The Mitchell Report might have been the last straw. I long ago abandoned professional football–haven’t watched a game live or on TV since the Houston Oilers fired Bum Phillips and traded Earl Campbell–and professional basketball put me to sleep long before that, in both cases more for the on and off field culture they helped promote and reward than the quality of the play. But major league baseball has always been my first love as a professional sport and I continued to have respect for its intricacies as the “thinking man’s game”, the strategic drama, the poetry of it all–“The Natural”, “Field of Dreams”, “Casey at the Bat”, etc.–and the great traditions of the game. True, it has over the past thirty years or so succumbed to many of the same corruptions as the NFL and NBA, but it had managed to maintain a certain nostalgic attraction for me that even George Steinbrenner couldn’t completely destroy. But the Mitchell Report on the widespread use of performance-enhancing drugs may do it. I’m not naive. Intuitively, I knew that the drug problem was more widespread than had been reported publicly, but I guess I wanted to believe that substantially all players were above it, if not ethically, at least in terms of its destructive potential. I’ve just watched Mike Wallace interview Roger Clemens on “60 Minutes” and I would like to believe that he is being truthful in his denials of the reports of his usage of steriods, but it’s difficult to know what or who to believe, and that’s the problem for me–we have almost reached the point that to assign complete credibility to anyone in such cases where the incentives are so compelling one must choose to be totally cynical to avoid being guilty of extreme naivete.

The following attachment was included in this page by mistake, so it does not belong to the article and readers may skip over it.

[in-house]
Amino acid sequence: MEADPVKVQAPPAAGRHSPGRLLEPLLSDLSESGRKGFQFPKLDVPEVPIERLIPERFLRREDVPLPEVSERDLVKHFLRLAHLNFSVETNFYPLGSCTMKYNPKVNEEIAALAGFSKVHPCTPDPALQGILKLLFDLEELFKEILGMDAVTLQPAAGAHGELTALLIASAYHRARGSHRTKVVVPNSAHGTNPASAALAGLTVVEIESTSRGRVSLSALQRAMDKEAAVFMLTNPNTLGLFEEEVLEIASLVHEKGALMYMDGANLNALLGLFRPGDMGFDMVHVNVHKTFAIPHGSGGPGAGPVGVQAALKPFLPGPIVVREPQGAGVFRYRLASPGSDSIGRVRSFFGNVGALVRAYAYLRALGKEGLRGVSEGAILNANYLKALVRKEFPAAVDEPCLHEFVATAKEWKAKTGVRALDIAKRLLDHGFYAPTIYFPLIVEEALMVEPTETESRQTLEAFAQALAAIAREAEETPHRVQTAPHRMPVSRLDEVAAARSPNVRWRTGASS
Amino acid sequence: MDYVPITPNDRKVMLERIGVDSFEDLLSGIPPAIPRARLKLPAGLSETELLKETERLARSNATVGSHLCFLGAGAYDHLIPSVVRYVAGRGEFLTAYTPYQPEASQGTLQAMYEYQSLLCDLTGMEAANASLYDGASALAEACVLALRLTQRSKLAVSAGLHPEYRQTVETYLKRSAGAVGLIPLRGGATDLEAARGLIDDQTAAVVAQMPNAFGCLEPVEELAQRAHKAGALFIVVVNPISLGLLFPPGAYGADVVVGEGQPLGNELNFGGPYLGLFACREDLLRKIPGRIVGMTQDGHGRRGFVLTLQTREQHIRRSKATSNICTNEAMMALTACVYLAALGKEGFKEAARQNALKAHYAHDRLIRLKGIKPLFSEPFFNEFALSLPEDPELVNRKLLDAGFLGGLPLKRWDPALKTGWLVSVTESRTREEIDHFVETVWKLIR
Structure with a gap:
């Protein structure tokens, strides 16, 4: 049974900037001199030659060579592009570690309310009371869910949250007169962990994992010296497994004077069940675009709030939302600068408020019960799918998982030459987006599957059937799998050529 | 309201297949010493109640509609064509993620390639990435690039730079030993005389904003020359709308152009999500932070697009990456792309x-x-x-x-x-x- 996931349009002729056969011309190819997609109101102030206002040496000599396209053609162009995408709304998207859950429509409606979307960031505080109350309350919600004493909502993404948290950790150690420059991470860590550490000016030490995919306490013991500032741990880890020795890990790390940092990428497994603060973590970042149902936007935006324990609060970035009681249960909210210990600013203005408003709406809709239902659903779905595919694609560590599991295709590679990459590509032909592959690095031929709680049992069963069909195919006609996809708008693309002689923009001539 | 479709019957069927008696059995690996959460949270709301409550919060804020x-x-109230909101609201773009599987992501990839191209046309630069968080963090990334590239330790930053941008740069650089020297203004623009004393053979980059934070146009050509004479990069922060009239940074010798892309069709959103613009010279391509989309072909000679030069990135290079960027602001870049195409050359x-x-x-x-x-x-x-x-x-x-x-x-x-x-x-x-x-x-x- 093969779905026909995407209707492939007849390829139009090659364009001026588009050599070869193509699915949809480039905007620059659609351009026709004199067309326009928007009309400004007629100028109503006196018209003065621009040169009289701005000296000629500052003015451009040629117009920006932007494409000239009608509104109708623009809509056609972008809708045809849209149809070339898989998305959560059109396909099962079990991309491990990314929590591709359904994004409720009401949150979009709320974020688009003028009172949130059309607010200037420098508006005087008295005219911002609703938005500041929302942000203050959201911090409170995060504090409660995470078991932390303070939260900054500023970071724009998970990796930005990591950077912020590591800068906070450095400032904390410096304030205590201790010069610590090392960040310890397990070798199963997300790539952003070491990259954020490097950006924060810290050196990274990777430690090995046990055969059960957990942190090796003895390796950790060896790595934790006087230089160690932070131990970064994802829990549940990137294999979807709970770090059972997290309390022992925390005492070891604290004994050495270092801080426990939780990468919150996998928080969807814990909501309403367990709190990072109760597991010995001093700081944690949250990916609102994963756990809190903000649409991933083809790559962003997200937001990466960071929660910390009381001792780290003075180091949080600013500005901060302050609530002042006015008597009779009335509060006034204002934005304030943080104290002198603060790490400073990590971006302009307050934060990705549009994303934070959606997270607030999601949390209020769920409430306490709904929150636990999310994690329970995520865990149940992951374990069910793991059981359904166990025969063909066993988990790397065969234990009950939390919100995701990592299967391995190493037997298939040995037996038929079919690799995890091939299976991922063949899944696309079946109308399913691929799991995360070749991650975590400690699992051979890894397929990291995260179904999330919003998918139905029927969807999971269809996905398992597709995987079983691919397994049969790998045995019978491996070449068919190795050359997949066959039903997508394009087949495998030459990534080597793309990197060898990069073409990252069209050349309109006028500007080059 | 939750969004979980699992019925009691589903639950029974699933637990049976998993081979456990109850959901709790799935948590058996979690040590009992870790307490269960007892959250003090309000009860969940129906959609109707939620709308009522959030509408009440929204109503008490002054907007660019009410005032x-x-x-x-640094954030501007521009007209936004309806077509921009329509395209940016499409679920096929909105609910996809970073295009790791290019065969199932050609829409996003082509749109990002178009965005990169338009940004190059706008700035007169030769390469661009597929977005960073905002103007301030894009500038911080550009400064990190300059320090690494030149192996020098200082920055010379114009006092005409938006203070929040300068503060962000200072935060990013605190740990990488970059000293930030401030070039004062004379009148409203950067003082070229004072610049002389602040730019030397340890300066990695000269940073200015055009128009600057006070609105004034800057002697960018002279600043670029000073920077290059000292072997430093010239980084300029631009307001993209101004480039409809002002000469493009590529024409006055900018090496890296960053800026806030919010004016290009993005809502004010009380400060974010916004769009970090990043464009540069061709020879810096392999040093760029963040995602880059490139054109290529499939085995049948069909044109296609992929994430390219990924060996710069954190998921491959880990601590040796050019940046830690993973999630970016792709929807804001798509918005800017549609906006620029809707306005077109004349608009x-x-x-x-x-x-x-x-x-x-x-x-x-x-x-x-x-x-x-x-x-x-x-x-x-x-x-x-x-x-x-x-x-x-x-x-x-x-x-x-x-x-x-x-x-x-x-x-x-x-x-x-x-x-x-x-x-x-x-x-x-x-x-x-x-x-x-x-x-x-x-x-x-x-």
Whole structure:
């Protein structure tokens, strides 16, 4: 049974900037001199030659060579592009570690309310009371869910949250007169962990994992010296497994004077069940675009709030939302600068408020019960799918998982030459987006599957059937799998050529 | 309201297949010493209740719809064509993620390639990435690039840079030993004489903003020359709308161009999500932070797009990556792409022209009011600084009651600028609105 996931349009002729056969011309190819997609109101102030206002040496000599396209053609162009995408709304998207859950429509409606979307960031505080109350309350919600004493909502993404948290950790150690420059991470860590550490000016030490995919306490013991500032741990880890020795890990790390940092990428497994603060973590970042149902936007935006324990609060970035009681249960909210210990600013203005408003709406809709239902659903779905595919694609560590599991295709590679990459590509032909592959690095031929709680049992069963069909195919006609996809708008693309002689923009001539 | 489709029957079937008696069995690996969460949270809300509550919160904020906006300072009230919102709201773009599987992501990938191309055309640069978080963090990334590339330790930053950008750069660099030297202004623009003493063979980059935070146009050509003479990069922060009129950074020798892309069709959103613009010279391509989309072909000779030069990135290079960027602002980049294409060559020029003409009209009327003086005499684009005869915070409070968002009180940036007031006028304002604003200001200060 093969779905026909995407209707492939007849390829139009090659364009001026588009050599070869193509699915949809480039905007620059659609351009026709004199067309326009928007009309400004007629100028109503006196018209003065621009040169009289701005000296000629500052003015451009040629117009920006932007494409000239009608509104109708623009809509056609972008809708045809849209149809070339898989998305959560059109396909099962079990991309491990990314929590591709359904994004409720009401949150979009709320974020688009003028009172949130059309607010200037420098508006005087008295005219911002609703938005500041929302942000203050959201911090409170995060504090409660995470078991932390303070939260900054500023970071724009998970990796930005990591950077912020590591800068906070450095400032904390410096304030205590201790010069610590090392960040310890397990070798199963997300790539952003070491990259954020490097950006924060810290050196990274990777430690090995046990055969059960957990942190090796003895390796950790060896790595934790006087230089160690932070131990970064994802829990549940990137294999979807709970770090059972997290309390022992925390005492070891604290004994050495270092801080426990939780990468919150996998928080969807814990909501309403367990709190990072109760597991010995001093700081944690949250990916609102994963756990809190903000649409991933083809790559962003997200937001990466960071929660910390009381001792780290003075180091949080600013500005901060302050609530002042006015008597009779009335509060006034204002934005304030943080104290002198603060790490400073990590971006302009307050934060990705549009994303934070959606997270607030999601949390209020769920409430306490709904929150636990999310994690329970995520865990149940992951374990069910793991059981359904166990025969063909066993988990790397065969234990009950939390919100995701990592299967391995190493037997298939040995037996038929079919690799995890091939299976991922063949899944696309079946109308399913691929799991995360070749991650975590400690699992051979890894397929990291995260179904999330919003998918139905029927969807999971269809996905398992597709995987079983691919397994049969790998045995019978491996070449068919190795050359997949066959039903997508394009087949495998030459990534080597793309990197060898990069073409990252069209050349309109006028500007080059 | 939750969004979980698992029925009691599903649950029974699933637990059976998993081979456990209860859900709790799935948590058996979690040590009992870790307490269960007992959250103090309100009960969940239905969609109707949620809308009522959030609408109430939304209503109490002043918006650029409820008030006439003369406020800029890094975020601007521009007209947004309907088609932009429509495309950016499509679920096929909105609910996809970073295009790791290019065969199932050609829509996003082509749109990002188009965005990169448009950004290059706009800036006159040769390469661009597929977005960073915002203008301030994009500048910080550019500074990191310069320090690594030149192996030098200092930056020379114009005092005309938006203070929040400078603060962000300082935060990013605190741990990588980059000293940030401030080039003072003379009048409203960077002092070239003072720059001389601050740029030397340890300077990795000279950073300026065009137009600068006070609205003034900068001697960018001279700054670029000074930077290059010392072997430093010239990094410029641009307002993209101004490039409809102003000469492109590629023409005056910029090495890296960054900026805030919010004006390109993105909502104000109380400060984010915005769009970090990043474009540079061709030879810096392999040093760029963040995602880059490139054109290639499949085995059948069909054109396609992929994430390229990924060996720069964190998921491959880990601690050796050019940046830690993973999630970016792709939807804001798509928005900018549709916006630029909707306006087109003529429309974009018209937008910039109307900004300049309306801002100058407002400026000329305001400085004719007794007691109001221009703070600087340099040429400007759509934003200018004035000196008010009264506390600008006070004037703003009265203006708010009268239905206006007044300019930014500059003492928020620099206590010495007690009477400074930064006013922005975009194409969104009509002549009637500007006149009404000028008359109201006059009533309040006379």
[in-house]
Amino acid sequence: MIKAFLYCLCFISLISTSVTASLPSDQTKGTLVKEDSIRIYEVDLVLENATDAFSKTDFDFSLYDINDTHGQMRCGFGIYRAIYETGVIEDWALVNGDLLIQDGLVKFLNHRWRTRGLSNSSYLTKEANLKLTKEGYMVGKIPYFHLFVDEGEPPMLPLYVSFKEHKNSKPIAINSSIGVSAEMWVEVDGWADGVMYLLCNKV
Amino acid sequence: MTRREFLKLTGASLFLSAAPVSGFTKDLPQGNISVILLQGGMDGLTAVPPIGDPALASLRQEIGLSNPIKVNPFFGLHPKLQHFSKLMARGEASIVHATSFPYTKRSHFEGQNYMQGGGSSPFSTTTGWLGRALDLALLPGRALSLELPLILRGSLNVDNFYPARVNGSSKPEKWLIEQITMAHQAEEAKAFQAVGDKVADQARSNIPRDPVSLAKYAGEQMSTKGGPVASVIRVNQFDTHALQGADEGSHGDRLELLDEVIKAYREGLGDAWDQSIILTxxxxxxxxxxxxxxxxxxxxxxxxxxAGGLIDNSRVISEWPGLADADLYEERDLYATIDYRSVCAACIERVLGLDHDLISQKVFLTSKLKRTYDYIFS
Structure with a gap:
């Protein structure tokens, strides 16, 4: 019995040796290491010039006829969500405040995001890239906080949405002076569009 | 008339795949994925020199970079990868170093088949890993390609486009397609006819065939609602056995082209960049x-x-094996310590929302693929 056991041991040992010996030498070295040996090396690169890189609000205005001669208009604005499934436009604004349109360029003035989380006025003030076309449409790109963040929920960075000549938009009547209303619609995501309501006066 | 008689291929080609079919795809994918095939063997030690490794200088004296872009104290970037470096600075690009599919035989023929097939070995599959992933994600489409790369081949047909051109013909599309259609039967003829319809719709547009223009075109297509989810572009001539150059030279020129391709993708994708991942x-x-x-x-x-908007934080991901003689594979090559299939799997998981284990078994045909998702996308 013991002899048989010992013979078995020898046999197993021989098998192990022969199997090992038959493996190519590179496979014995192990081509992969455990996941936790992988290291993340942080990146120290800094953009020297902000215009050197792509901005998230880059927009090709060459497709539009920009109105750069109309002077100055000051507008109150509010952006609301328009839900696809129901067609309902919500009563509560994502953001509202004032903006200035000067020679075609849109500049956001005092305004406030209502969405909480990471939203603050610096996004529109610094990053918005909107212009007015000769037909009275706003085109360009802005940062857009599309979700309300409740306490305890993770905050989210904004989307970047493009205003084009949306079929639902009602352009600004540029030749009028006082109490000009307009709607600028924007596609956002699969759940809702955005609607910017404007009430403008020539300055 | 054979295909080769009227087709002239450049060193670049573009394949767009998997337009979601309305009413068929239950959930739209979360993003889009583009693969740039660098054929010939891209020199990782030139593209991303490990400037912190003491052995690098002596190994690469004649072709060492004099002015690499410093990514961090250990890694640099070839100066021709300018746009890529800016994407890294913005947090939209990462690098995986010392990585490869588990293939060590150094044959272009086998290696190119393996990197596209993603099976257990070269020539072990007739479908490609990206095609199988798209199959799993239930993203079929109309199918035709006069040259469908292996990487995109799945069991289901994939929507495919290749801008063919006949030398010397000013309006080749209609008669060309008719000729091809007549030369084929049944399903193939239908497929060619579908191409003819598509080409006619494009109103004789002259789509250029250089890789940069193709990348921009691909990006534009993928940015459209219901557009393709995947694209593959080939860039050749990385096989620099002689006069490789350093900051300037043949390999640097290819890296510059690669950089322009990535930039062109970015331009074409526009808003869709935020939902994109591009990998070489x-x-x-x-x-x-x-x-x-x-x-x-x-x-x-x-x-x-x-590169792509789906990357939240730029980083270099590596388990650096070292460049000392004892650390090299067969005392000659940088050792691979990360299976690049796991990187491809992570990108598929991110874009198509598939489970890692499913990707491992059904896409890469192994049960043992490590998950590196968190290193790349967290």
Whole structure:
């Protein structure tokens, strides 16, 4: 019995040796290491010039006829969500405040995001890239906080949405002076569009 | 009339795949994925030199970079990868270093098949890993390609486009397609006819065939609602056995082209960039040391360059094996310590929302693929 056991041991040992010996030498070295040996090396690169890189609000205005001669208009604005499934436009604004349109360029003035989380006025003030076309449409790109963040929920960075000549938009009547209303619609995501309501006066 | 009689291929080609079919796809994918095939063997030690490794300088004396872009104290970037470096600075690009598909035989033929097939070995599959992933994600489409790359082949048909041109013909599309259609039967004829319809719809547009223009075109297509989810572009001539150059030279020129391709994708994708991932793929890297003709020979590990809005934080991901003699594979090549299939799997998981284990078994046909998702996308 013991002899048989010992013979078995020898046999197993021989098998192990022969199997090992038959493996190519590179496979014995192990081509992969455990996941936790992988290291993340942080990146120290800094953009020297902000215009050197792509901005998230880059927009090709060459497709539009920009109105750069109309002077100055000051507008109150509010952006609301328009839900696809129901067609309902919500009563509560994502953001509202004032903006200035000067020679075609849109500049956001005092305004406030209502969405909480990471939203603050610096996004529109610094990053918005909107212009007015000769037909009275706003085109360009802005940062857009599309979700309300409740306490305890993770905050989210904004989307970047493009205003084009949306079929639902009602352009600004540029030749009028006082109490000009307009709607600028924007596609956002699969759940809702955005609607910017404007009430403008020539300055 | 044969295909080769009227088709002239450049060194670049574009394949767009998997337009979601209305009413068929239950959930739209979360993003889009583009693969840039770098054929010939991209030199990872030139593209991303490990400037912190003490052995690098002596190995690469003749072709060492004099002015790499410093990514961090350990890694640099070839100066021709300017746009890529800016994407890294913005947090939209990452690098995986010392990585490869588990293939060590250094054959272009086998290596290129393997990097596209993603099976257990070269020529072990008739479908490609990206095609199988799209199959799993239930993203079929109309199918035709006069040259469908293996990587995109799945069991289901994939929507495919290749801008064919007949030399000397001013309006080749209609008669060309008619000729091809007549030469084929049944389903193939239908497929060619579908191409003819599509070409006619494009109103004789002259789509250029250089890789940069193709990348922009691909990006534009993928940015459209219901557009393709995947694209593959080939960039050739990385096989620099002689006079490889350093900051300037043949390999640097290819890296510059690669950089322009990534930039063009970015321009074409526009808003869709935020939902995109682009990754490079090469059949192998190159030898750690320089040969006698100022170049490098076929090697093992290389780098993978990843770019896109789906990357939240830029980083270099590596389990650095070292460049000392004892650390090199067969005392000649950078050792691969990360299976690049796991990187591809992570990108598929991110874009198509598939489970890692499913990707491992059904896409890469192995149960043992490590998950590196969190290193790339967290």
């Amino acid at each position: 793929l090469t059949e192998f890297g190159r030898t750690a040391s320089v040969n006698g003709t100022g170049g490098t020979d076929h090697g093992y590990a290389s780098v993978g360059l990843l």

Of one thing I am sure. Our society will not purge itself of this corrupting imagery for our children until we take a no tolerance attitude with those who are proven guilty and not only condemn these practices, but completely remove the financial incentives for the perpetrators by removing them from their profession and stripping them of their records and awards. I totally disagree with George Mitchell’s suggestion that past infractions not be prosecuted. In fact, if there are criminal referrals for drug use to be made, they should be made, and whether or not laws have been violated, major league baseball should deal harshly with those who violated the public trust by using these substances. That’s the only chance they have to get me back.